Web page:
The response of Susanna (Dan 13:22-13:23)

“Susanna groaned.

She said.

‘I am completely trapped.

If I do this,

It will mean death for me.

If I do not do this,

I cannot escape

Your hands.

I choose not to do it.

I will fall

Into your hands,

Rather than to sin

In the sight of the Lord.’”

Susanna groaned, as she felt trapped. If she committed adultery with these two elder judges, she would be killed. If she did not, she would fall into their hands. They would control her life and judge her. The choice was hers. She decided not to have sex with these two old judges. Instead, she was not going to sin in the sight of God. She would rather be judged by humans than God. Of course, this is the great moral tale. Stand up for your beliefs.

The sins of Jerusalem (Lam 1:8-1:8)

Heth

“Jerusalem

Sinned grievously.

So she became

A mockery.

All who honored her

Now despise her.

They have seen

Her nakedness.

She herself groans.

She turns

Her face away.”

Clearly Jerusalem has sinned seriously. Jerusalem has become a mockery of itself. Those who once honored her, now despise her. They have seen her naked. She herself has groaned and turned her face away, since she has admitted her faults. This verse starts with the Hebrew consonant letter Heth. Each verse after this will use the next letter of the Hebrew alphabet in this acrostic poem.

“When I kept silence,

My body wasted away.

I was groaning all day long.

Day and night

Your hand was heavy upon me.

My strength was dried up

Like the heat of summer.

Selah”

Sickness and sinning were considered synonymous. When David was silently suffering his body was wasting away. He groaned the whole time, both day and night. The heavy hand of Yahweh was upon him. His strength was dried up as the heat of summer does. Once again, there is a pause for a musical interlude with the Selah.

The last words of Eleazar (2 Macc 6:28-6:30)

“When he had said this, he went at once to the rack. Those who a little before had acted toward him with good will now changed to ill will.  They believed that the words he had uttered were in their opinion sheer madness. When he was about to die under the blows, he groaned aloud and said.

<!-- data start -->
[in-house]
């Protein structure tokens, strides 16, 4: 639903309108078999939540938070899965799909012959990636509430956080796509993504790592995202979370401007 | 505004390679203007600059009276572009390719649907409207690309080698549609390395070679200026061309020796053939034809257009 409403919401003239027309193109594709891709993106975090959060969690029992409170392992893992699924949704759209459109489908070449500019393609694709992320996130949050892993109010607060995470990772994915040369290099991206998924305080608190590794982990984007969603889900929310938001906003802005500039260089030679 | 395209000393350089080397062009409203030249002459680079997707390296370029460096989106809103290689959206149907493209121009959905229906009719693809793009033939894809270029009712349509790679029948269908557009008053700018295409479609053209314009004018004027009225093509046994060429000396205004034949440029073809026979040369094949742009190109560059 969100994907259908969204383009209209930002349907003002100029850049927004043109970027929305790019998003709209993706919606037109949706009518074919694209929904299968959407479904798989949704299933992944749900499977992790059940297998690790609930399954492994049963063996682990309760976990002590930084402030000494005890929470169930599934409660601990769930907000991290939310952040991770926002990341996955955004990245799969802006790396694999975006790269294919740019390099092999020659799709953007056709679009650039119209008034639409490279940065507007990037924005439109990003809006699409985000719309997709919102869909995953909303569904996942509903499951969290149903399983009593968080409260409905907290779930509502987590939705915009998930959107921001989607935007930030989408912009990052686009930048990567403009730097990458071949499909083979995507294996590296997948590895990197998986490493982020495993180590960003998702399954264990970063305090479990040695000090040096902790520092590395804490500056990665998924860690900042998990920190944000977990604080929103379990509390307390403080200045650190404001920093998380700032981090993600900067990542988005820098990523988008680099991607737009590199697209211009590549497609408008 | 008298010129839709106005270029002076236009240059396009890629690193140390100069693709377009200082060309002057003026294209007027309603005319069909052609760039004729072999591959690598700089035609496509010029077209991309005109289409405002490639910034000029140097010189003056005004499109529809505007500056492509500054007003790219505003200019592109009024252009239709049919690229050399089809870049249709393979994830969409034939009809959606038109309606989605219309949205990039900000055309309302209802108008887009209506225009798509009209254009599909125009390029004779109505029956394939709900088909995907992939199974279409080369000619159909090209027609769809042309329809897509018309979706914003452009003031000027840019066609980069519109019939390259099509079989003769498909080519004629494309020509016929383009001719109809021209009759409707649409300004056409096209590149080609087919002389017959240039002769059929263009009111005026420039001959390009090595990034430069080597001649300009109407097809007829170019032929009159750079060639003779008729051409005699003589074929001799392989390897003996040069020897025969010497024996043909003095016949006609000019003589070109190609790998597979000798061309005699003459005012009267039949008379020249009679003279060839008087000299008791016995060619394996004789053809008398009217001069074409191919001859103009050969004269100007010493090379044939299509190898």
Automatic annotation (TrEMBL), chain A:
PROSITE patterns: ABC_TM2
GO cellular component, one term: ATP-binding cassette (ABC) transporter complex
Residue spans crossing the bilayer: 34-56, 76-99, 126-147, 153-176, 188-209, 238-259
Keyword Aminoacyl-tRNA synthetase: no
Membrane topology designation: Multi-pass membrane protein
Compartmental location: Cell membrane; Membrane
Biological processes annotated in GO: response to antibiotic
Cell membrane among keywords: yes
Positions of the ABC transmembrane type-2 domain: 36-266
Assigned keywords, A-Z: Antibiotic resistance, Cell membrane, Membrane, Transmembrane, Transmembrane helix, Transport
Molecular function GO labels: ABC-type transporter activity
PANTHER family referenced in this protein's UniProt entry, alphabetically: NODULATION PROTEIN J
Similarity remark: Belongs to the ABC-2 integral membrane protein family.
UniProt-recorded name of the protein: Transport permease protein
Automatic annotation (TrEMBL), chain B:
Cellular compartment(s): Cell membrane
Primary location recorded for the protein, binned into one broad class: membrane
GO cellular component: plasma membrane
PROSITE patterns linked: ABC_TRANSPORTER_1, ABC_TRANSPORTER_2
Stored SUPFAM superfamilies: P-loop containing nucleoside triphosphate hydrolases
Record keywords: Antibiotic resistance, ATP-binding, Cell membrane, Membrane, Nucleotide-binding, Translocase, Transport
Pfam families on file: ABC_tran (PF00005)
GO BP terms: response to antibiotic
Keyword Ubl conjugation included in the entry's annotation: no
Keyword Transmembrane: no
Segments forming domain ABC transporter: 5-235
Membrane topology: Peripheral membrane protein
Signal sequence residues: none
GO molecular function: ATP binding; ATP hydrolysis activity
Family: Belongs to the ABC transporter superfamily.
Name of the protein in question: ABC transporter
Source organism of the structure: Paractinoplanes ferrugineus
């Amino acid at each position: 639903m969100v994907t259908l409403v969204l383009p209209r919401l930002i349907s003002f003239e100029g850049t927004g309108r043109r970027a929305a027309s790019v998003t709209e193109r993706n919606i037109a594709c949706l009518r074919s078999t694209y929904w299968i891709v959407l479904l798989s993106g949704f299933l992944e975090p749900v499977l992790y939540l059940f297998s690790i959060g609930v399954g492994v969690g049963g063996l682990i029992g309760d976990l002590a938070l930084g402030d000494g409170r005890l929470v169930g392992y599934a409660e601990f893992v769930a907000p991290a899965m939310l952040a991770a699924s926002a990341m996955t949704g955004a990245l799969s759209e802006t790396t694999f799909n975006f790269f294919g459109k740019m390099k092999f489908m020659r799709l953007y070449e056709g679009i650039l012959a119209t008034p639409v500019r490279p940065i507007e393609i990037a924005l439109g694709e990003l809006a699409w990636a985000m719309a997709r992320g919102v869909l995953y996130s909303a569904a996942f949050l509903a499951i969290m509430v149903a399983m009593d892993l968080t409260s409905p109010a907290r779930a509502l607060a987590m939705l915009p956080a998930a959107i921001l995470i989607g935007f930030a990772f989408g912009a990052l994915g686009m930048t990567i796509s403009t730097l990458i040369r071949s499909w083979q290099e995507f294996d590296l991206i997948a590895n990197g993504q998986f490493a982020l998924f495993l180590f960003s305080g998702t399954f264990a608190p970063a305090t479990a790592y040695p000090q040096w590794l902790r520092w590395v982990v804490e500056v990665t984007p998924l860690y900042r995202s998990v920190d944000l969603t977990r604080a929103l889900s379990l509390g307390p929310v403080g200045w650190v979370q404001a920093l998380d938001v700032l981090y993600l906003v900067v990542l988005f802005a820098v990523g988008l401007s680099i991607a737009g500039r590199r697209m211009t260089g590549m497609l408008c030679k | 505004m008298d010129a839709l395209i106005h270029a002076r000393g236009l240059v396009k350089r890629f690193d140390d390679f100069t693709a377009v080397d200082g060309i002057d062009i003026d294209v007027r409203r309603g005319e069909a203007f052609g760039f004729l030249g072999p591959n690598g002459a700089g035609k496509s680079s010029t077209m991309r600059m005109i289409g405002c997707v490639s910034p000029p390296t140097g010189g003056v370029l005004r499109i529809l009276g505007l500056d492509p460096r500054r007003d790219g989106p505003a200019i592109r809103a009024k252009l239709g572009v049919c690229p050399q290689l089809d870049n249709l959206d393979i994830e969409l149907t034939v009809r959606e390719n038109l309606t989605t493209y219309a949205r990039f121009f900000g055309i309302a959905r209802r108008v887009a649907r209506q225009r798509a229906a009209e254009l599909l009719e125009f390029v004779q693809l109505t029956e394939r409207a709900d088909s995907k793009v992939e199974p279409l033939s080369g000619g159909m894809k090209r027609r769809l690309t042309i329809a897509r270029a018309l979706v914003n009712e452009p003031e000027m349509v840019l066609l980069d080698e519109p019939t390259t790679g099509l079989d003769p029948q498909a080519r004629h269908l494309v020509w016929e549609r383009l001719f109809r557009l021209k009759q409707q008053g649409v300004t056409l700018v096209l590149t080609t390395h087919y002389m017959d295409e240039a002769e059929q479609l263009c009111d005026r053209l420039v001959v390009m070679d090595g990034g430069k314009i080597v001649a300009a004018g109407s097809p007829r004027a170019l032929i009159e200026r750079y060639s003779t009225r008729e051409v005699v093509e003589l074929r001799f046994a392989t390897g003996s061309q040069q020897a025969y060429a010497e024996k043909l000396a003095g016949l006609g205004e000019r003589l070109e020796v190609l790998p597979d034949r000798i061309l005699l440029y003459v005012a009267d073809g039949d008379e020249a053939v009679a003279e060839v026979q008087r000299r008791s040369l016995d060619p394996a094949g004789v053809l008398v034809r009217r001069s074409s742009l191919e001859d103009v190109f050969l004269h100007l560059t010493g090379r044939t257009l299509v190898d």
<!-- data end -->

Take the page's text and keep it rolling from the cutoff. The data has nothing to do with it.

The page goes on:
‘It is clear to the Lord,

In his holy knowledge that,

Though I might have been saved from death,

I am enduring terrible sufferings

In my body

Under this beating,

But in my soul

I am glad to suffer these things because I fear him.’”

At the rack, those who liked him thought that his speech was foolishness. They now changed from being kind to him to being ill willed towards him. They began to wipe him with blows. He finally groaned his last words. He knew that the Lord understood that he could have been saved from death. He knew his body was suffering great blows. However, his soul was glad to suffer because of fear or reverence of the Lord. This was great suffering at death with an explanation of why it was happening.

The Assyrians discover the death of General Holofernes (Jdt 14:14-14:19)

“Bagoas went in as he knocked at the entry of the tent. He assumed that General Holofernes was sleeping with Judith. But when no one answered, he opened it. Then he went into the bedchamber. There he found General Holofernes sprawled on the floor dead, with his head missing. He cried out with a loud voice. He wept, groaned and shouted. He tore his clothes. Then he went to the tent where Judith had stayed. When he did not find her, he rushed out to the people and shouted.

‘The slaves have tricked us!

One Hebrew woman has brought disgrace

On the house of King Nebuchadnezzar!

Look!

General Holofernes is lying on the ground!

His head is missing!’

When the leaders of the Assyrian army heard this, they tore their tunics. They were greatly dismayed. Their loud cries and shouts rose up throughout the camp.”

Bagoas was the chief personal steward of General Holofernes. He politely knocked at the entry way to the general’s tent. He thought that the general was sleeping with Judith and did not want to disturb him. However, when no one answered, he entered the bedchamber.   There he found the general sprawled out on the floor beheaded. He was really upset. He wept, groaned, and shouted as he tore his clothes. When people were upset they would tear their clothes. Then he went to the tent of Judith to see how she was. However, she was gone. Then he realized what had happened. He ran out of the tent shouting that they had been tricked by the slaves. This Hebrew woman had brought disgrace to the house of King Nebuchadnezzar. The general was dead with his head missing. When the Assyrian army leaders heard this, they tore their clothes as they too were dismayed. Thus there were loud shouts throughout the camp. Strangely enough, there was no second in command to take over things.